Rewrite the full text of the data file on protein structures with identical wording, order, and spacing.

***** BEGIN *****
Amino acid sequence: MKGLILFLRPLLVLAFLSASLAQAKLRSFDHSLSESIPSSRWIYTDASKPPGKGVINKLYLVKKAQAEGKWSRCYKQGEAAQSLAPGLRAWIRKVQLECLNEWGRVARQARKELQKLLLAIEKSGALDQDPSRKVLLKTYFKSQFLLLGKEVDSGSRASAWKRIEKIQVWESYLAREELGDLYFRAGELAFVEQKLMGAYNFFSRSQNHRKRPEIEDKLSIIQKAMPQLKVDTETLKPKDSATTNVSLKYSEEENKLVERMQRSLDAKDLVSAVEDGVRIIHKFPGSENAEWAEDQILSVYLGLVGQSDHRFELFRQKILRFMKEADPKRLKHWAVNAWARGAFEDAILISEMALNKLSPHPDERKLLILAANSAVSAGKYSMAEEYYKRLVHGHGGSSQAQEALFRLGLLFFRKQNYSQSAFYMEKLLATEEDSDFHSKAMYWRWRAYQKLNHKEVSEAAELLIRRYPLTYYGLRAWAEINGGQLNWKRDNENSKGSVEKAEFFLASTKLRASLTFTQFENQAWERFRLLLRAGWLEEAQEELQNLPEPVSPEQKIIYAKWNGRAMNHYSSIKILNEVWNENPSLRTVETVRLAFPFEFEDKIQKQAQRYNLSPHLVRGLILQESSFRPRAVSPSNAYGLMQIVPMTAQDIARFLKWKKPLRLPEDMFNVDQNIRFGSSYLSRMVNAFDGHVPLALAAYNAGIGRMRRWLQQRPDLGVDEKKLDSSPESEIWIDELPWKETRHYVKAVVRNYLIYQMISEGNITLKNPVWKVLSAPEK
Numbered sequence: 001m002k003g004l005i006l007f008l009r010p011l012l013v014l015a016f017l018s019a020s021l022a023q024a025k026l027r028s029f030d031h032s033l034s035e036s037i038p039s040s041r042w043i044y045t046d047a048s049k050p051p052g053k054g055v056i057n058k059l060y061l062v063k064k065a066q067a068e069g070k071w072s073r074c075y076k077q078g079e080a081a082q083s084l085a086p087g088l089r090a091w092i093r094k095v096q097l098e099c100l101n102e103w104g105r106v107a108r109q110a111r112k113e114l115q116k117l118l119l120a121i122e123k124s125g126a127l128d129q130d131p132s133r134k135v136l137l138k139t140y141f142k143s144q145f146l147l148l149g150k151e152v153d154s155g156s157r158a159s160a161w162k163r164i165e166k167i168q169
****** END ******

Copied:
Amino acid sequence: MKGLILFLRPLLVLAFLSASLAQAKLRSFDHSLSESIPSSRWIYTDASKPPGKGVINKLYLVKKAQAEGKWSRCYKQGEAAQSLAPGLRAWIRKVQLECLNEWGRVARQARKELQKLLLAIEKSGALDQDPSRKVLLKTYFKSQFLLLGKEVDSGSRASAWKRIEKIQVWESYLAREELGDLYFRAGELAFVEQKLMGAYNFFSRSQNHRKRPEIEDKLSIIQKAMPQLKVDTETLKPKDSATTNVSLKYSEEENKLVERMQRSLDAKDLVSAVEDGVRIIHKFPGSENAEWAEDQILSVYLGLVGQSDHRFELFRQKILRFMKEADPKRLKHWAVNAWARGAFEDAILISEMALNKLSPHPDERKLLILAANSAVSAGKYSMAEEYYKRLVHGHGGSSQAQEALFRLGLLFFRKQNYSQSAFYMEKLLATEEDSDFHSKAMYWRWRAYQKLNHKEVSEAAELLIRRYPLTYYGLRAWAEINGGQLNWKRDNENSKGSVEKAEFFLASTKLRASLTFTQFENQAWERFRLLLRAGWLEEAQEELQNLPEPVSPEQKIIYAKWNGRAMNHYSSIKILNEVWNENPSLRTVETVRLAFPFEFEDKIQKQAQRYNLSPHLVRGLILQESSFRPRAVSPSNAYGLMQIVPMTAQDIARFLKWKKPLRLPEDMFNVDQNIRFGSSYLSRMVNAFDGHVPLALAAYNAGIGRMRRWLQQRPDLGVDEKKLDSSPESEIWIDELPWKETRHYVKAVVRNYLIYQMISEGNITLKNPVWKVLSAPEK
Numbered sequence: 001m002k003g004l005i006l007f008l009r010p011l012l013v014l015a016f017l018s019a020s021l022a023q024a025k026l027r028s029f030d031h032s033l034s035e036s037i038p039s040s041r042w043i044y045t046d047a048s049k050p051p052g053k054g055v056i057n058k059l060y061l062v063k064k065a066q067a068e069g070k071w072s073r074c075y076k077q078g079e080a081a082q083s084l085a086p087g088l089r090a091w092i093r094k095v096q097l098e099c100l101n102e103w104g105r106v107a108r109q110a111r112k113e114l115q116k117l118l119l120a121i122e123k124s125g126a127l128d129q130d131p132s133r134k135v136l137l138k139t140y141f142k143s144q145f146l147l148l149g150k151e152v153d154s155g156s157r158a159s160a161w162k163r164i165e166k167i168q169